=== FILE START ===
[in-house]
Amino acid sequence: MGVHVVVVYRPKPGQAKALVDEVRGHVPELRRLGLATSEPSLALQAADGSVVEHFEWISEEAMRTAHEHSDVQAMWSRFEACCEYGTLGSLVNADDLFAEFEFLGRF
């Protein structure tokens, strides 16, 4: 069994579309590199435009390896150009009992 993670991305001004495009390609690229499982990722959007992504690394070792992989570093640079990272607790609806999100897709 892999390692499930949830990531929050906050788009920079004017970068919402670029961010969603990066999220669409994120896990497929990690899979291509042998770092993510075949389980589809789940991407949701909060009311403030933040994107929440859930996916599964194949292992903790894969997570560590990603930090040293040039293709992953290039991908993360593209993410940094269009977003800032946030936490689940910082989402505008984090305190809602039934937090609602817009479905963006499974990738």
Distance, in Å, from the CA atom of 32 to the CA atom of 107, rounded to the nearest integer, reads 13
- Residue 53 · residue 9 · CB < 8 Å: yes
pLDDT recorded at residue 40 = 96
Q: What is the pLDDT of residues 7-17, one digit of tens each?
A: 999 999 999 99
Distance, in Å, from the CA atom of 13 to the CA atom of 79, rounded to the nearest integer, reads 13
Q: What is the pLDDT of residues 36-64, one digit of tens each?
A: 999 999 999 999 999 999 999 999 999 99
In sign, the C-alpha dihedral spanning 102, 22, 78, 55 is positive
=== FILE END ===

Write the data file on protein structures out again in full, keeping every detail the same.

[in-house]
Amino acid sequence: MGVHVVVVYRPKPGQAKALVDEVRGHVPELRRLGLATSEPSLALQAADGSVVEHFEWISEEAMRTAHEHSDVQAMWSRFEACCEYGTLGSLVNADDLFAEFEFLGRF
């Protein structure tokens, strides 16, 4: 069994579309590199435009390896150009009992 993670991305001004495009390609690229499982990722959007992504690394070792992989570093640079990272607790609806999100897709 892999390692499930949830990531929050906050788009920079004017970068919402670029961010969603990066999220669409994120896990497929990690899979291509042998770092993510075949389980589809789940991407949701909060009311403030933040994107929440859930996916599964194949292992903790894969997570560590990603930090040293040039293709992953290039991908993360593209993410940094269009977003800032946030936490689940910082989402505008984090305190809602039934937090609602817009479905963006499974990738």
Distance, in Å, from the CA atom of 32 to the CA atom of 107, rounded to the nearest integer, reads 13
- Residue 53 · residue 9 · CB < 8 Å: yes
pLDDT recorded at residue 40 = 96
Q: What is the pLDDT of residues 7-17, one digit of tens each?
A: 999 999 999 99
Distance, in Å, from the CA atom of 13 to the CA atom of 79, rounded to the nearest integer, reads 13
Q: What is the pLDDT of residues 36-64, one digit of tens each?
A: 999 999 999 999 999 999 999 999 999 99
In sign, the C-alpha dihedral spanning 102, 22, 78, 55 is positive